White collar criminal charges such as insider trading and securities fraud can involve millions - even billions - of dollars and result in significant prison time upon conviction. A change in how the United States Department of Justice (DOJ) approaches these matters is of great-significance due to their potential reach.
As reported by Reuters ("U.S. Justice Dept to lessen overlap on white-collar crime, change penalties: Rosenstein"), the DOJ has recently launched efforts to work with other jurisdictions to reduce overlap and ensure that penalties are not disproportionate.
"It is important for us to be aggressive in pursuing wrongdoers. But we should discourage disproportionate enforcement by laws of multiple authorities," Deputy Attorney General Rod Rosenstein said during a speech to the New York City Bar White Collar Crime Institute.
What the Changes Mean
It appears the DOJ is recognizing the need to adjust their approach to white collar crimes enforcement to match the reality of the world we live in. While few dispute the need for tough criminal penalties, the reality is the total punishment an individual receives is often well in excess of what our laws call for.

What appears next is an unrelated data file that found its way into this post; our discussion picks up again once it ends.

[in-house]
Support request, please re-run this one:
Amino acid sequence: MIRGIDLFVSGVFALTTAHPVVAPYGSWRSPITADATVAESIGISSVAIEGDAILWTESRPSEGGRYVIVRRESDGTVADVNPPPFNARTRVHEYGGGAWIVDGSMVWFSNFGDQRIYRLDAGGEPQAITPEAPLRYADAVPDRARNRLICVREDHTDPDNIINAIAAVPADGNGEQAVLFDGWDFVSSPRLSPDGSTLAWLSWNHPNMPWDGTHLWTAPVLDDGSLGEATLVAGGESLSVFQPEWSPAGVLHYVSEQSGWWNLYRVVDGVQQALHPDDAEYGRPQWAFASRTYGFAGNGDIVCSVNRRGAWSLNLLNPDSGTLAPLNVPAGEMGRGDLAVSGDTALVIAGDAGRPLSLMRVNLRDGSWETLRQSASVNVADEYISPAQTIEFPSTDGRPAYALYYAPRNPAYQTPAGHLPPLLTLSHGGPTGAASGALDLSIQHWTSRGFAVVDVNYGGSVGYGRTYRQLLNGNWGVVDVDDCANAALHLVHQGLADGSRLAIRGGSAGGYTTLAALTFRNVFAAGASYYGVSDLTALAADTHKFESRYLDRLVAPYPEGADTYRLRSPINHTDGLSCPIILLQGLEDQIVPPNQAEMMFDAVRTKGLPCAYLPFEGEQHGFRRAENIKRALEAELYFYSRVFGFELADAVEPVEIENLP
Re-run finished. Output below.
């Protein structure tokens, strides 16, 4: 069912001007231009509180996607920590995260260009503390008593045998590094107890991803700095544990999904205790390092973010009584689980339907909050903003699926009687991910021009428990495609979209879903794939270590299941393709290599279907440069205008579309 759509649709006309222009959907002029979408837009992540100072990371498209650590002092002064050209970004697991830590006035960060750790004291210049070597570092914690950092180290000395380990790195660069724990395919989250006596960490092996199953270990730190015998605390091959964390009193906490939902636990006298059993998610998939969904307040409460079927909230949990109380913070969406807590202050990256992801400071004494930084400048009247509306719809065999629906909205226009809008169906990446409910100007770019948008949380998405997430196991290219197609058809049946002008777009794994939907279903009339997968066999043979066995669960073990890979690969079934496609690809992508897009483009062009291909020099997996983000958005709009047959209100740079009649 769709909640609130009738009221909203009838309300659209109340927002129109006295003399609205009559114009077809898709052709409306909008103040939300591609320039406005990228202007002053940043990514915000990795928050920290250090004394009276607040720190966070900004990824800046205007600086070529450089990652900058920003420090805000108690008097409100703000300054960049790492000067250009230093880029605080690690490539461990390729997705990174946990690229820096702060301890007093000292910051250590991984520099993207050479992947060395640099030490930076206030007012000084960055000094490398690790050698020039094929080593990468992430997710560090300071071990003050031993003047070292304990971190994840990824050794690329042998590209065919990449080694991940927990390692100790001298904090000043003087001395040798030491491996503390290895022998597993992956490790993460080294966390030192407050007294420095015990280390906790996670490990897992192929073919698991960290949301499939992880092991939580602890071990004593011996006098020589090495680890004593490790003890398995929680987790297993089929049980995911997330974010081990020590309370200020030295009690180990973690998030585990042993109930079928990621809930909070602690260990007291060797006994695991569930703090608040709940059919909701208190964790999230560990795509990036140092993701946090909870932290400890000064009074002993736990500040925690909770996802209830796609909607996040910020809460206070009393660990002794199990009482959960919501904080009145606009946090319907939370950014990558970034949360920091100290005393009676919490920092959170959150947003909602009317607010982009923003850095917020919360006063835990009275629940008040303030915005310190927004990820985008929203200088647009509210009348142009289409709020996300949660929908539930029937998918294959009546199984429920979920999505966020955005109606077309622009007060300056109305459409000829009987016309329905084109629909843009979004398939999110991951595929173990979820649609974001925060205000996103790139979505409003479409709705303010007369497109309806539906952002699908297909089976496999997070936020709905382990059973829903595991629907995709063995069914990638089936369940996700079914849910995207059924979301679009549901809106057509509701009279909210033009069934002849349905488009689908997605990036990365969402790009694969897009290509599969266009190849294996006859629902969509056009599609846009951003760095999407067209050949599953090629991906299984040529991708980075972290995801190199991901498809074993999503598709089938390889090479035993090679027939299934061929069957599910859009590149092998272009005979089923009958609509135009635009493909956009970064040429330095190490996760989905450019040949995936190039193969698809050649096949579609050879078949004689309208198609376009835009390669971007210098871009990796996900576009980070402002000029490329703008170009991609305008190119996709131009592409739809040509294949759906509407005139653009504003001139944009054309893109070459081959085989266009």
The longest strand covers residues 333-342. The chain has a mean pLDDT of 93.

Jurisdictional overlap can result in penalties stacked on top of penalties when prosecutors in multiple jurisdictions seek to make an example out of a white collar defendant.
By working with other jurisdictions to adjust penalties, the totality of penalties upon conviction should be more in line with what was initially intended under State and Federal laws for crimes such as mail and wire fraud, securities fraud, insider trading, and money laundering.
One thing remains certain: white collar criminal charges require a strong defense from experienced defense attorneys. There is too much at stake to roll-the-dice with anything else.